The European Union aims to strengthen its security and defence capabilities in an increasingly contested strategic environment. Recent initiatives have pursued deeper military cooperation and integration among the European member States, but also the development of the EU’s platforms and programmes - including in the area of Command and Control (C2). Whereas CSDP missions and operations tended to rely on ad hoc, temporary C2 solutions chosen from an array of designated Command Options, in recent years the EU has taken steps towards their centralisation by creating the Military Planning and Conduct Capability (MPCC). Today, the MPCC exercises C2 over all non-executive CSDP missions and may also exercise C2 over one executive CSDP mission, albeit limited to the Battlegroup size. Although they allow for greater flexibility to adapt to every specific crisis, the EU’s current C2 architecture suffers from inefficiencies that may hinder its crisis response capabilities in its new strategic environment. This paper contends that creating a standing, permanent C2 structure for all CSDP missions and operations would allow the EU to better achieve its strategic goals.
The involvement of women in the army con- stitutes a thorny issue in several countries where women are found in the margin com- pared to male combatants and there are sever- al nuances to the topic which will endeavour to highlight. In the same context, this paper will attempt to delineate the current situa- tion as well as explore the current initiatives taken in order to ameliorate the issues. Fur- thermore, it is essential to underline any gaps which account for an obstacle in the develop- ment of this situations. Firstly, we will reflect on the current state of art whilst we will introduce a theoretical framework to contextualise how the literature approaches the bipartition “women combatants or women civilians”. In order to have a more complete image of the situation, it is essential to utilize and compare statistical data. These data not only reflect the current circumstances but also identify what has already been done while underlying any existing gaps. The data used here can be found in the 2019 NATO The Annual Summary of the National Reports where all NATO mem- ber states submitted their national data. Fur- thermore, such National Reports are of signif- icant importance due to their comprehensive analysis of the situation for both women and men in the armed forces. Lastly, we will discuss the gaps as well as the opportunities aiming to integrate women thoroughly in the army.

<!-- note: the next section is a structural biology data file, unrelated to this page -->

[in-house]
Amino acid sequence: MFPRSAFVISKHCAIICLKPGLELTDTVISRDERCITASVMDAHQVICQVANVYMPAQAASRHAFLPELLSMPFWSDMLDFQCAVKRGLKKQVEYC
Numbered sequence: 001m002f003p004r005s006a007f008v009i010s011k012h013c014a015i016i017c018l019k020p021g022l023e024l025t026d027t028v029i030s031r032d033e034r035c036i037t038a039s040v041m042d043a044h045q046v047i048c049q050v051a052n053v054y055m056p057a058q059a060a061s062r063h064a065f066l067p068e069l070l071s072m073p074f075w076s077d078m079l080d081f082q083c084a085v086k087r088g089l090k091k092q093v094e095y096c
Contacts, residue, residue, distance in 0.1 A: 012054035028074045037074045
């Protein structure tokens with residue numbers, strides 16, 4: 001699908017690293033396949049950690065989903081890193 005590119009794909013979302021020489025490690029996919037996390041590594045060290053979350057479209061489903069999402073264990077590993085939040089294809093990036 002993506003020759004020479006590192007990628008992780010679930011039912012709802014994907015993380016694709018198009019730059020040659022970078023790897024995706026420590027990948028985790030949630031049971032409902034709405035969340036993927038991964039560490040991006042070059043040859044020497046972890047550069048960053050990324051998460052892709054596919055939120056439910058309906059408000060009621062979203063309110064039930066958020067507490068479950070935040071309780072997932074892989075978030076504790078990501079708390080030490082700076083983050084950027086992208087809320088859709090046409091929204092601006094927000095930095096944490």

This paper will shed light on the historical evolution of the conceptualization of a European Army, and will then analyse institutions and policies in place, as well as ways in which NATO and the EU can cooperate in the defence sector. Finally, the obstacles to the creation of a European Army are assessed against the backdrop of the current Russian war with Ukraine and the recent adoption of the EU Strategic Compass.
Rare earth elements (REEs) are a collection of 17 elements composed of cerium, dysprosium, erbium, europium, gadolinium, holmium, lanthanum, lutetium, neodymium, praseodymium, promethium, samarium, scandium, terbium, thulium, ytterbium, and yttrium. These elements are highly valued for their “conductive and magnetic properties” (Chang 2022). REEs are of vital importance to high-tech devices and their ability to function, including computer hard drives, telephones, televisions, and hybrid or electronic vehicles. Furthermore, rare earth metals (REM) are heavily used in the defence industry to integrate electronic displays, sonar, laser, and guiding systems into modern weaponry. Therefore, REM quickly became a strategic component for the defence industry’s supply chains, and, at the same time, embodied a geopolitical challenge to secure countries’ strategic autonomy regarding these precious materials. When looking at the main global suppliers of REEs, China finds itself in the first position, controlling around 80% of REE production (Kelemen & Stonor 2022). The recent tensions in the Taiwan Strait re-introduced the reality of Western REE dependency on China to the agenda. Washington finds itself in a difficult position regarding its industry’s reliance on China’s REEs. Therefore, Beijing’s dominance over such a strategic resource seriously undermines the West’s ability to impose economic sanctions on China. In the scenario of a confrontation between Washington and Beijing, China could decide to cut its REE supply to the US, which as a consequence could exhaust its stocks in “less than 90 days” (Kelemen & Stonor 2022).
Since February 24, 2022, the first day of Russian aggression against Ukraine, European countries across the continent have devoted themselves to being faithful allies of Ukraine. Some countries pledged significant financial aid, many donated necessary weapons, and nearly all have drafted sanctions against Russia. However, as war rages on in Ukraine it has all but left the front pages of newspapers in Europe in favour of the recent energy crisis, public tensions between the German and French heads of state, and the sudden resignation of Liz Truss. As a result, many civilians risk losing sight of the ongoing events in Ukraine despite their intensifying nature. Simultaneously, European countries have made fewer pledges of support and delivered less on their promises than they did at the start of the war (Ukraine Support Tracker - a Database of Military, Financial and Humanitarian Aid to Ukraine, 3/10/22). This report presents the recent forms of support that European countries have successfully delivered to Ukraine and the pledged support to create a conclusive summary of European military aid to Ukraine in the month of October. For full transparency, this article was finalised on November 3, 2022.